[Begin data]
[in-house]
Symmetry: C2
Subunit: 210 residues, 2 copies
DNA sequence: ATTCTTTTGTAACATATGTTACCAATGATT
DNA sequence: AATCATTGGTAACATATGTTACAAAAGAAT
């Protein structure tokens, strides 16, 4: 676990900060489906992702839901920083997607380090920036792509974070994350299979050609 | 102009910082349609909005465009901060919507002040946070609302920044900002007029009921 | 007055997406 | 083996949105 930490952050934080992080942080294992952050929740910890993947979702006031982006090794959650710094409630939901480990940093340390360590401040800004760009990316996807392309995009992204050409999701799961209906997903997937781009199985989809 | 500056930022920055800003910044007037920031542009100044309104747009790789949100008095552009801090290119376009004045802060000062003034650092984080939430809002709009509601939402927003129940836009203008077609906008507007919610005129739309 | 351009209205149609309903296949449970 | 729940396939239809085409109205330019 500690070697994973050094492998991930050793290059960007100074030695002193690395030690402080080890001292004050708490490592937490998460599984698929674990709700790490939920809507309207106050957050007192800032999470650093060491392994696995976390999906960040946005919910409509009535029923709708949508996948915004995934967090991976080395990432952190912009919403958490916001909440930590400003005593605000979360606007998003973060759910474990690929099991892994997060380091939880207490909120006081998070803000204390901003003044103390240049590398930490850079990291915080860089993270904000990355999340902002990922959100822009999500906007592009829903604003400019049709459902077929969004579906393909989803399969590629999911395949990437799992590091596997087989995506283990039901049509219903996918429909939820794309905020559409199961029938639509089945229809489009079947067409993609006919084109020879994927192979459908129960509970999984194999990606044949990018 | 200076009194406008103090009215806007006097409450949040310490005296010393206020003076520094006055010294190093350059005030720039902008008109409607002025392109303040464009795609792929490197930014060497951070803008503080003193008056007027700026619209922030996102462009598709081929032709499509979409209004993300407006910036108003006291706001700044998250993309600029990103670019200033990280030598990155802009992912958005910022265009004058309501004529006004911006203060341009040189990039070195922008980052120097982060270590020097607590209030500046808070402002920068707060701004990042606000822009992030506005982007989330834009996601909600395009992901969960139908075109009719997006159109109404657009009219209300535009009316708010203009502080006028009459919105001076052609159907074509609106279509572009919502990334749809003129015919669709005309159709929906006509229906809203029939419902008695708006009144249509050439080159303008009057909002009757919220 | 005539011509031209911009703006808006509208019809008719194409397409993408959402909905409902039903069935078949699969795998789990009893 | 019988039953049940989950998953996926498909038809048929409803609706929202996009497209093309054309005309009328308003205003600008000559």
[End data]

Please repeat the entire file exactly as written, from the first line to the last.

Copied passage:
[in-house]
Symmetry: C2
Subunit: 210 residues, 2 copies
DNA sequence: ATTCTTTTGTAACATATGTTACCAATGATT
DNA sequence: AATCATTGGTAACATATGTTACAAAAGAAT
């Protein structure tokens, strides 16, 4: 676990900060489906992702839901920083997607380090920036792509974070994350299979050609 | 102009910082349609909005465009901060919507002040946070609302920044900002007029009921 | 007055997406 | 083996949105 930490952050934080992080942080294992952050929740910890993947979702006031982006090794959650710094409630939901480990940093340390360590401040800004760009990316996807392309995009992204050409999701799961209906997903997937781009199985989809 | 500056930022920055800003910044007037920031542009100044309104747009790789949100008095552009801090290119376009004045802060000062003034650092984080939430809002709009509601939402927003129940836009203008077609906008507007919610005129739309 | 351009209205149609309903296949449970 | 729940396939239809085409109205330019 500690070697994973050094492998991930050793290059960007100074030695002193690395030690402080080890001292004050708490490592937490998460599984698929674990709700790490939920809507309207106050957050007192800032999470650093060491392994696995976390999906960040946005919910409509009535029923709708949508996948915004995934967090991976080395990432952190912009919403958490916001909440930590400003005593605000979360606007998003973060759910474990690929099991892994997060380091939880207490909120006081998070803000204390901003003044103390240049590398930490850079990291915080860089993270904000990355999340902002990922959100822009999500906007592009829903604003400019049709459902077929969004579906393909989803399969590629999911395949990437799992590091596997087989995506283990039901049509219903996918429909939820794309905020559409199961029938639509089945229809489009079947067409993609006919084109020879994927192979459908129960509970999984194999990606044949990018 | 200076009194406008103090009215806007006097409450949040310490005296010393206020003076520094006055010294190093350059005030720039902008008109409607002025392109303040464009795609792929490197930014060497951070803008503080003193008056007027700026619209922030996102462009598709081929032709499509979409209004993300407006910036108003006291706001700044998250993309600029990103670019200033990280030598990155802009992912958005910022265009004058309501004529006004911006203060341009040189990039070195922008980052120097982060270590020097607590209030500046808070402002920068707060701004990042606000822009992030506005982007989330834009996601909600395009992901969960139908075109009719997006159109109404657009009219209300535009009316708010203009502080006028009459919105001076052609159907074509609106279509572009919502990334749809003129015919669709005309159709929906006509229906809203029939419902008695708006009144249509050439080159303008009057909002009757919220 | 005539011509031209911009703006808006509208019809008719194409397409993408959402909905409902039903069935078949699969795998789990009893 | 019988039953049940989950998953996926498909038809048929409803609706929202996009497209093309054309005309009328308003205003600008000559």